fiddles while killer whale grooves.
Professor Plays Music
To Study Whales By
By the small pool at Vancouver
Public Aquarium a bearded gnome
of a man regularly plays tape-recorded music—sometimes even a
violin—to a killer whale. A culture
fiend? No, it's assistant psychiatry
professor Dr. Paul Spong trying to
learn more about whale behavior by
studying the functioning of its sensory systems.
It all began two years ago when
Dr. Spong started studying the
vision of a dolphin and the whale,
Skana. He learned a good deal, but
the biggest discovery v*as that
whales find the standard rat psychology approach to such matters
Working with a two-year-old
whale, Dr. Spong is now studying
the whale auditory system, principally how complex an auditory stimulus the animal can discriminate.
And he's abandoned standard tests
with food rewards. He's found that
music is the best reinforcement for
shaping the whale's behavior.
21 Dr.    Spong,   above,   pipes    taped music into whale pool and, below,
tinkles   brass   bell   to   the   whale's delight.
Using taped music played
through an underwater speaker as
the reward, Dr. Spong has trained
the whale to swim around the pool
and to vocalize. Lately, he's been
grading the music reinforcement to
the whale's behavior with great
"I was sitting here at the window
one evening playing a glass and a
bell into the microphone and differentially making sounds in relation to his behavior," Dr. Spong
said. "Now that animal had never in
the year that he's been here leapt out
of the water. As soon as I started
doing this, and he caught on that the
sounds I was making were related to
his behavior, he started swimming
around the pool so fast that great
waves were washing over the side.
And he started to leap up out of the
water and breach, and he came up
out of the water and breached half a
dozen times". Dr. Spong is convinced he's learning much more,
faster about whales than he could
in any other way—and the whale is
enjoying it. UBC 'Bombs' Aid
The sign upon the door reads:
"Counter-revolutionary Bomb
Room. Straights, Bourgeoisie, Welcome. Fascists, too!" But behind it,
the only "bombs" that associate
geology professor Dr. Hugh Greenwood makes are those he uses in
his research into how minerals are
formed deep inside the earth. The
research is carried out by simulating the temperatures and pressures
found in the bowels of the earth.
The heart of his lab consists of
two banks of pressure vessels, one
called "furnaces", the other "garbage cans". Normal procedure is for
Dr. Greenwood, or a colleague, to
place a sample of rock or mineral
material or chemical oxides into a
platinum capsule, called a "bomb"
(they occasionally break with a
bang), and insert it into a pressure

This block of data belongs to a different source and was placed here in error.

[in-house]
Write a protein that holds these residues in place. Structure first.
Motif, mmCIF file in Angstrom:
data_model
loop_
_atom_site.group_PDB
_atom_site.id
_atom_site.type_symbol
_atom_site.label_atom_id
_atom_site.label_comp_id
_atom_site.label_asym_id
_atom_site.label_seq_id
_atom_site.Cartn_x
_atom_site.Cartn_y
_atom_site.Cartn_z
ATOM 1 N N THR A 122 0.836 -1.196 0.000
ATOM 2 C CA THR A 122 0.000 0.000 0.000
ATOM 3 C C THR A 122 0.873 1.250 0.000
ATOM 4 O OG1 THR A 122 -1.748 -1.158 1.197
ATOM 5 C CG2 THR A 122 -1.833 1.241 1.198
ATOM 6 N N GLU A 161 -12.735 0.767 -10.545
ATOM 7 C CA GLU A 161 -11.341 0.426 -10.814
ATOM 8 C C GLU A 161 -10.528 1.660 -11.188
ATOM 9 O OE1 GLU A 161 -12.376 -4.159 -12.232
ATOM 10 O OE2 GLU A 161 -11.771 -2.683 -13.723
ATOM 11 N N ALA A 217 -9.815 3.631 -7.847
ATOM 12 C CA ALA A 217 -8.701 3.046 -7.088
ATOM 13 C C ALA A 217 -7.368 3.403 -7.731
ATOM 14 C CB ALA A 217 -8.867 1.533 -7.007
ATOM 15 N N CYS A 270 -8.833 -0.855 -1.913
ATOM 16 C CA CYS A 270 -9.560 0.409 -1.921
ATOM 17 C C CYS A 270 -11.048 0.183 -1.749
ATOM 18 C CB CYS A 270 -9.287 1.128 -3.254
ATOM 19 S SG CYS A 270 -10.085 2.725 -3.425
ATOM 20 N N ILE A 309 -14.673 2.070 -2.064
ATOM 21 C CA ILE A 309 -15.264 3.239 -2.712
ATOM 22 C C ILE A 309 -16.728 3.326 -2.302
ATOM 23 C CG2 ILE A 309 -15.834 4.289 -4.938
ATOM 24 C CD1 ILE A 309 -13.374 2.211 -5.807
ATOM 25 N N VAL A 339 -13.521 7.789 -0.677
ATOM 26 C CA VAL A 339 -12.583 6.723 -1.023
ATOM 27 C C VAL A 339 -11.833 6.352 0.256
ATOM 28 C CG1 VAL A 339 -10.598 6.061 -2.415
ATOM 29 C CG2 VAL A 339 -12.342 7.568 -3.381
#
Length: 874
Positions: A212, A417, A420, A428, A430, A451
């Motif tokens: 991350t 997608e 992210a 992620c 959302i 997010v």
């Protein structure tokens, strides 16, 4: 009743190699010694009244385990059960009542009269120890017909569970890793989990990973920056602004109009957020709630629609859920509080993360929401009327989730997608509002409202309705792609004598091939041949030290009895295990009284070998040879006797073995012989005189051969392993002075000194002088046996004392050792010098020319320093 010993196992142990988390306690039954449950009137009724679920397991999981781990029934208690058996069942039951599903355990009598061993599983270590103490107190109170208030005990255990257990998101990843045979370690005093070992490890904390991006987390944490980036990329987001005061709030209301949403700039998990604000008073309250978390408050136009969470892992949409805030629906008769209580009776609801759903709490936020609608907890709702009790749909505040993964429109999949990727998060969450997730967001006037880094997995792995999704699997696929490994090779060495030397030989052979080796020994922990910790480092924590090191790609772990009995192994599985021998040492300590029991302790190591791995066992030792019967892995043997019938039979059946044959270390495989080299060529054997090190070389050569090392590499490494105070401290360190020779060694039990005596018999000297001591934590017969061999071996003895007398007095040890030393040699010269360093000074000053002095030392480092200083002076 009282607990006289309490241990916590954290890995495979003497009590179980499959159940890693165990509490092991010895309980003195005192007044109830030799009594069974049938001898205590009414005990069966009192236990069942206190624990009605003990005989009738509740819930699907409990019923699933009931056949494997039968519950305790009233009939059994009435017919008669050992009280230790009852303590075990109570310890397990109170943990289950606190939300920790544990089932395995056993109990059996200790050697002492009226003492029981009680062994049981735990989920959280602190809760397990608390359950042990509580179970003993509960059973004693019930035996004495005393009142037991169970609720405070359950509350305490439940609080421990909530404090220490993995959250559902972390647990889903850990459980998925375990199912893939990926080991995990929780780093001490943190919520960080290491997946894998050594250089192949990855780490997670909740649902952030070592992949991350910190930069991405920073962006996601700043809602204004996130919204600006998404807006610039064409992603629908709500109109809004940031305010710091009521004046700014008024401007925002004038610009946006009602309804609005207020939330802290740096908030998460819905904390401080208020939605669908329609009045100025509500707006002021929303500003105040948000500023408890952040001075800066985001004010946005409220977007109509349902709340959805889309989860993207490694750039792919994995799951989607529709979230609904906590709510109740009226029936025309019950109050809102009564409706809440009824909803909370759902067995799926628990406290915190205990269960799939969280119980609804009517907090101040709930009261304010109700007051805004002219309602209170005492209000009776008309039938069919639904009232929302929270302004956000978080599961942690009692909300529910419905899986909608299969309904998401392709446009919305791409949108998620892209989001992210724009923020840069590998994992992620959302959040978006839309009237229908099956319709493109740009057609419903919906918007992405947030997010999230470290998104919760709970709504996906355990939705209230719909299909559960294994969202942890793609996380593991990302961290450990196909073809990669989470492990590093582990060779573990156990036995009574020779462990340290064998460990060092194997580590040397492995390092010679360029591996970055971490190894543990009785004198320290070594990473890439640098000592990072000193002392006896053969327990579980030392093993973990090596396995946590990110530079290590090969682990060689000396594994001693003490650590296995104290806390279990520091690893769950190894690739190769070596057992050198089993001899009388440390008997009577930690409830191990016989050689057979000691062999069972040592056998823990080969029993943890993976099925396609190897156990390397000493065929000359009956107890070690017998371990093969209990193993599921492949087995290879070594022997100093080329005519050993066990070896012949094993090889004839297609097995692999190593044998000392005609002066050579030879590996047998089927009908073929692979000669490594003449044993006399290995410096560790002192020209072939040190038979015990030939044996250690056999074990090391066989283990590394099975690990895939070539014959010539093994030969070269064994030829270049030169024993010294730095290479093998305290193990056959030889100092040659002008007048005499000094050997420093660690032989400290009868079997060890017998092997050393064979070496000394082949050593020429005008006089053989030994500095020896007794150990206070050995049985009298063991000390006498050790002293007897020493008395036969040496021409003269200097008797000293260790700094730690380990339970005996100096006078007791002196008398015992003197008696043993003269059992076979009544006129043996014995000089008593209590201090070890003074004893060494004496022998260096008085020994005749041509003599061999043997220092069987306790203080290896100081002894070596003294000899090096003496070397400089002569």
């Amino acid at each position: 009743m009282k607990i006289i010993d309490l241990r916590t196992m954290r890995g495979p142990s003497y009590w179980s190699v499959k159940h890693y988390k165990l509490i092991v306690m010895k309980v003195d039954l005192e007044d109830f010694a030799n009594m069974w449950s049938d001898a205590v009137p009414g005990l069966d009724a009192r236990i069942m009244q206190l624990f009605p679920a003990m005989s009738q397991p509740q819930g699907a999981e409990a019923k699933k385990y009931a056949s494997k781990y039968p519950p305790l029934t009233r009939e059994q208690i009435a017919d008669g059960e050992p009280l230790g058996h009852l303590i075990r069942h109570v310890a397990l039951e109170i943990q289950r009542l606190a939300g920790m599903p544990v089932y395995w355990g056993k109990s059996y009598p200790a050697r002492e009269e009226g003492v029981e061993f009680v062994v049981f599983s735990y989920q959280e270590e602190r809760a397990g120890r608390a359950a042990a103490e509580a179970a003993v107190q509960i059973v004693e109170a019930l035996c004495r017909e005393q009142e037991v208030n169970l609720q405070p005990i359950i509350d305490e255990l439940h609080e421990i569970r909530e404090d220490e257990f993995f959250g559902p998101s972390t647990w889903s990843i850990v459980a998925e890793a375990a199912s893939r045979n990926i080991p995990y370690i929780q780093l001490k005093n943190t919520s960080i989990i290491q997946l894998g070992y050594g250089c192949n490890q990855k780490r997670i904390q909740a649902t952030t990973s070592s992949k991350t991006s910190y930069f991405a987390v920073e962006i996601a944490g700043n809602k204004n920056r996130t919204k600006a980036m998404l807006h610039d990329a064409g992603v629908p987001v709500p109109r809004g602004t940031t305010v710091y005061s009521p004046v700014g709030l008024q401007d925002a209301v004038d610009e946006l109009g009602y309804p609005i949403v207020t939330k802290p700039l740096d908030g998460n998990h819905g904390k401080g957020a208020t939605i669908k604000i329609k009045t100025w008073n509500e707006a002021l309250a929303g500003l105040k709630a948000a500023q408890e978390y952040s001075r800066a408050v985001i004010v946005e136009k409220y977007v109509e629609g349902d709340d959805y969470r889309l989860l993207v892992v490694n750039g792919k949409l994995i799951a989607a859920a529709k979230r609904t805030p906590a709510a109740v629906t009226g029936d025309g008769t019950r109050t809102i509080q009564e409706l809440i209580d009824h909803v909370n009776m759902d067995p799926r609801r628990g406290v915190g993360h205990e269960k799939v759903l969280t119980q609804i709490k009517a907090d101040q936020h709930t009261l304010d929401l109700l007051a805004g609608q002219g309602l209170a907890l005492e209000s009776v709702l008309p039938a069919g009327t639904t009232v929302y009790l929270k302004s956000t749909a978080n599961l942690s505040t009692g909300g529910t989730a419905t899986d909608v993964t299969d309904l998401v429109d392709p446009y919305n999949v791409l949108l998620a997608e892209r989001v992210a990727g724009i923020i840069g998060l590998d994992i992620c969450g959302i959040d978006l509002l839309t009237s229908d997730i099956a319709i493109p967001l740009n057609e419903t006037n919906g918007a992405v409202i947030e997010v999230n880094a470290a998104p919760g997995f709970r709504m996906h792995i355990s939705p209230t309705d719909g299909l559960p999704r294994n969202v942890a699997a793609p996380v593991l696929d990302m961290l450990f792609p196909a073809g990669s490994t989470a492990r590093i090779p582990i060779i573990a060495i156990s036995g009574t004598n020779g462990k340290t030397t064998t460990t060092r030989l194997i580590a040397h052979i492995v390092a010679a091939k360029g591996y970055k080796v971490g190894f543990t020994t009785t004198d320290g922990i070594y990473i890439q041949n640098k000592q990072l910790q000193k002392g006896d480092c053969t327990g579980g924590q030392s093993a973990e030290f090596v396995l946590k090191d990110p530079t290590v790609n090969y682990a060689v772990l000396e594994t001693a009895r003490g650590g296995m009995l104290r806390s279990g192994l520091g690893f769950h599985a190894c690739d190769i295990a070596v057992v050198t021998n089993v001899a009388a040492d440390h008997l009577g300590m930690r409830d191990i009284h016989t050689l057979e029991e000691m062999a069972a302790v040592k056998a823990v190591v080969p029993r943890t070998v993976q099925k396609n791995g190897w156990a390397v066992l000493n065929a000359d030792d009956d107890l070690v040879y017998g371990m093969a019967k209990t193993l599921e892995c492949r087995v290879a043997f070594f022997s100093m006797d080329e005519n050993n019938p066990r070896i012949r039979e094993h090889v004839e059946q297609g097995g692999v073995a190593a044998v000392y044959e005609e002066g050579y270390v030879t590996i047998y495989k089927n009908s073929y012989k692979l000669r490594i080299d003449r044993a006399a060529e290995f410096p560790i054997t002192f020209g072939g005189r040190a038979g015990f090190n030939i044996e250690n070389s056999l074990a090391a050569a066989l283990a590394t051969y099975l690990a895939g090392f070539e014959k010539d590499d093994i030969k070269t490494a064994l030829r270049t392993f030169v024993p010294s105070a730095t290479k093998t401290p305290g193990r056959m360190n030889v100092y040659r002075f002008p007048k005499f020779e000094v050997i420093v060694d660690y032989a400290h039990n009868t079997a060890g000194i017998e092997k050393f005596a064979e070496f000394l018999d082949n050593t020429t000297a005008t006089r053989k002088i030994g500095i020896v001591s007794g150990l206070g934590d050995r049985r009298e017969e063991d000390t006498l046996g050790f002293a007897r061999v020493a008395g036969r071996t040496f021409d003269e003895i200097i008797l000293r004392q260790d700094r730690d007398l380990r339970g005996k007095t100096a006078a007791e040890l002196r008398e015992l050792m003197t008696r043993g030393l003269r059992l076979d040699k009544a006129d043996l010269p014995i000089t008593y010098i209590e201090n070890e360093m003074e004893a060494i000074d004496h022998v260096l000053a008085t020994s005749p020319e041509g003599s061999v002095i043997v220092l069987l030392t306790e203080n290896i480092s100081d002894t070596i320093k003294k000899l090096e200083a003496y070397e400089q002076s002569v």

vessel. The temperature and pressure is then stepped up to simulate
conditions within the earth, giving
information at what point certain
minerals break down or chemicals
crystallize into minerals.
"All our metallic minerals ultimately come from the depths of the
earth and it's a prime question to
know in what manner they arrive at
the surface and then in what manner
they are concentrated into a form
that is concentrated enough to be
worth mining," Dr. Greenwood
said. "If we know these things, we
have a much better likelihood of
looking for them in an intelligent
Getting experiment underway, above, Dr. Hugh Greenwood (centre) and
post-doctoral fellow Dr. Terry Gordon study gauges for the pressure
vessels. Below Dr. Greenwood plants a "bomb" in a "garbage can" to
subject a mineral to subterranean temperature and pressure. Above, electrical engineer Dr. John Macdonald (left) and technologist Ron Spils-
bury (right) check circuits in St. Paul's computer. Below, pathologist Dr. Richard
Pearce (left), St. Paul's chief biochemist Dr. C. K. Harris (centre) and assistant
biochemist Elaine Duke (right) discuss linking autoanalyzers with the computer.
Team Automating
Hospital Testing
What has an electrical engineer
got in common with a clinical pathologist? When it comes to Dr. John
Macdonald of UBC's electrical engineering department and Dr. Richard Pearce of pathology, it's an
interest in using computer technology to make hospital operation more
efficient. They united forces two
years ago in a research-development
project aimed at automating St.
Paul's Hospital clinical laboratory.
Using their complementary knowledge, they have developed a relatively cheap and flexible system of
computerizing testing and data
handling in a hospital lab. Total cost
of the system for development and
computer hardware is $150,000,
compared to about $3 million for a
typical commercial system. They are
now ironing out kinks in the program prior to starting the first phase
of automated operation.
Under the system, most regular
tests will be automatically conducted by analyzing equipment, the results will be fed into the computer
and a record will be printed out. At
the end of the day, completely updated records will be printed out for
patients who have been treated during the day, greatly reducing the
volume of paper. The system is designed to be operated by ordinary
lab technicians and for easy adaptation to any hospital.
Because of their work, the two
scientists have been in demand to
chair symposiums in such places as
Montreal, the Mayo Clinic and the
National Institute of Health in
Washington, D.C. Engineers Studying
Automation Methods
UBC mechanical engineering students are getting right up-to-date